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Coffee futures rally despite Covid-19 impact on supply and weather concerns

Arabica coffee futures

MILAN – Arabica coffee futures closed lower on Wednesday helped by the weakness of the Brazilian currency after a sharp that sent prices to 1-3/4 month high on Tuesday. The main contract for May delivery fell 380 points to close at 118.40 cents. Coffee prices had previously recorded a 4-session streak of gains surging from 109.75 cents on February 27th to 122.20 cents on March 3rd.

This 11% increase in just 4 session represents the best performance among all major commodities tracked by Bloomberg.

Robusta coffee futures in London rose 3.7% in 3 sessions to a 1-month high of 1,331 on Tuesday, but lost $24 on Wednesday to close at $1,307.

Support came from a lack of supply in Brazil at this time and on concern that previous bad growing conditions have hurt production potential in the Cerrado.

Inventories held by Brazilian farmers are also low, while producers in Colombia and Honduras practically sold out after locking in prices in a late-2019 rally.

“Arabica coffee in New York has managed to isolate itself from risky assets liquidation,” said Rodrigo Costa, the U.S.-based director at Comexim. “The strength of the market may also be justified by the differential firmness across all producing countries.”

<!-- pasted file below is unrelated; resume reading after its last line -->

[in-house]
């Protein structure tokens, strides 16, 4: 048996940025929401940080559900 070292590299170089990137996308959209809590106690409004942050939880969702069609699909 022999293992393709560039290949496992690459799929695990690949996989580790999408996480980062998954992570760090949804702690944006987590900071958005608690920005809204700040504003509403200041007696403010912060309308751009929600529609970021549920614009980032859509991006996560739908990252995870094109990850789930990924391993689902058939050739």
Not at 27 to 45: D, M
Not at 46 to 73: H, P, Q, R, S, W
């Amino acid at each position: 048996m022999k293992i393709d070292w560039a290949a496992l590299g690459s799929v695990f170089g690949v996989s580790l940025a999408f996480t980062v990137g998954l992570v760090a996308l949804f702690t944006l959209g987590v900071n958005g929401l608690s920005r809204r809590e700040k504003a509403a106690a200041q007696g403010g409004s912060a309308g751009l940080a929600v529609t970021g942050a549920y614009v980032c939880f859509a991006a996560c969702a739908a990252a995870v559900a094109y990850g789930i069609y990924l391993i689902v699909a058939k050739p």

On the demand side, the spread of the coronavirus to several countries threatens consumption levels at restaurant and cafes, although Starbucks reopened venues across China after widespread closures. On the other hand, drinkers may increase purchases to prepare at home, which generally adds to waste that goes down the drain.

In a bearish factor, Rabobank said on Monday that it expects Brazil’s 2020/21 coffee production to climb +16% y/y to a record 67.5 million bags.

The crop was expected to be made up of a record 49 million bags of Arabica and 18.5 million of conillon (Robusta) coffee.

“The size of the Arabica crop was surprisingly high, given the weather pattern was less than perfect during the second half of 2019,” Rabobank said. The bank said both the amount and size of the cherries on Arabica trees had surpassed expectations.

“Virtually all key Arabica regions are at, or near, record levels, with the notable exception of Cerrado,” Rabobank said noting flowering in Cerrado took place later than other areas. The bank also said they did not see any problems with bean development.

“In principle, a higher-than-expected crop should translate into low prices. But for the time being we see a very tight physical Arabica market in Brazil until the 2020/21 Arabica crop is harvested,” Rabobank said.

The conillon crop of 18.5 million bags was below the previous season’s record 20 million bags. “After record production levels and sun stress see in the last harvest, farmers in Espirito Santo decided to prune more branches than normal. This underpins our lower crop estimates,” the report said.